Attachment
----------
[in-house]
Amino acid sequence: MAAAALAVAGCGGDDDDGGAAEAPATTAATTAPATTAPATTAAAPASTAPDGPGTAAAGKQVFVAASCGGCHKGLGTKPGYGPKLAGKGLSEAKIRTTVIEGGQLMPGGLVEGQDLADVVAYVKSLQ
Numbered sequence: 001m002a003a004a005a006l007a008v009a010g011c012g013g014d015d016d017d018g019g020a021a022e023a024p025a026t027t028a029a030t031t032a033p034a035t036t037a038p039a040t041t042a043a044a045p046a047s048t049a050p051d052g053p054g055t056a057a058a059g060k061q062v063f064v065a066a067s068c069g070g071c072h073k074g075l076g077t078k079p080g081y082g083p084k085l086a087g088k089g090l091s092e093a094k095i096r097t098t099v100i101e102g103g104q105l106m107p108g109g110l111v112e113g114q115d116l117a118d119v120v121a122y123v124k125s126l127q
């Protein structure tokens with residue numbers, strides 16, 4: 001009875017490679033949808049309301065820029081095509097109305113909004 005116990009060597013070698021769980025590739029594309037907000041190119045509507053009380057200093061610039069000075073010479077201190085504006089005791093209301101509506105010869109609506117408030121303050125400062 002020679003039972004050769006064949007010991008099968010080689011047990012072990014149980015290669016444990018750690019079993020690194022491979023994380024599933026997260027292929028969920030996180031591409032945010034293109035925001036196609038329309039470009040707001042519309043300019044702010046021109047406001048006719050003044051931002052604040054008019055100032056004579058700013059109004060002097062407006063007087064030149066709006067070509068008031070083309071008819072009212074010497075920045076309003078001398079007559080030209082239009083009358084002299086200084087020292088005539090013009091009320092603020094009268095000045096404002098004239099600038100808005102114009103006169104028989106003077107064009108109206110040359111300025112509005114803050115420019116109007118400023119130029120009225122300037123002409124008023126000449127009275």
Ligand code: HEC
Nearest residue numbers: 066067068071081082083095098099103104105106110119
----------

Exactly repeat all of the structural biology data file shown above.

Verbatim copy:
[in-house]
Amino acid sequence: MAAAALAVAGCGGDDDDGGAAEAPATTAATTAPATTAPATTAAAPASTAPDGPGTAAAGKQVFVAASCGGCHKGLGTKPGYGPKLAGKGLSEAKIRTTVIEGGQLMPGGLVEGQDLADVVAYVKSLQ
Numbered sequence: 001m002a003a004a005a006l007a008v009a010g011c012g013g014d015d016d017d018g019g020a021a022e023a024p025a026t027t028a029a030t031t032a033p034a035t036t037a038p039a040t041t042a043a044a045p046a047s048t049a050p051d052g053p054g055t056a057a058a059g060k061q062v063f064v065a066a067s068c069g070g071c072h073k074g075l076g077t078k079p080g081y082g083p084k085l086a087g088k089g090l091s092e093a094k095i096r097t098t099v100i101e102g103g104q105l106m107p108g109g110l111v112e113g114q115d116l117a118d119v120v121a122y123v124k125s126l127q
């Protein structure tokens with residue numbers, strides 16, 4: 001009875017490679033949808049309301065820029081095509097109305113909004 005116990009060597013070698021769980025590739029594309037907000041190119045509507053009380057200093061610039069000075073010479077201190085504006089005791093209301101509506105010869109609506117408030121303050125400062 002020679003039972004050769006064949007010991008099968010080689011047990012072990014149980015290669016444990018750690019079993020690194022491979023994380024599933026997260027292929028969920030996180031591409032945010034293109035925001036196609038329309039470009040707001042519309043300019044702010046021109047406001048006719050003044051931002052604040054008019055100032056004579058700013059109004060002097062407006063007087064030149066709006067070509068008031070083309071008819072009212074010497075920045076309003078001398079007559080030209082239009083009358084002299086200084087020292088005539090013009091009320092603020094009268095000045096404002098004239099600038100808005102114009103006169104028989106003077107064009108109206110040359111300025112509005114803050115420019116109007118400023119130029120009225122300037123002409124008023126000449127009275």
Ligand code: HEC
Nearest residue numbers: 066067068071081082083095098099103104105106110119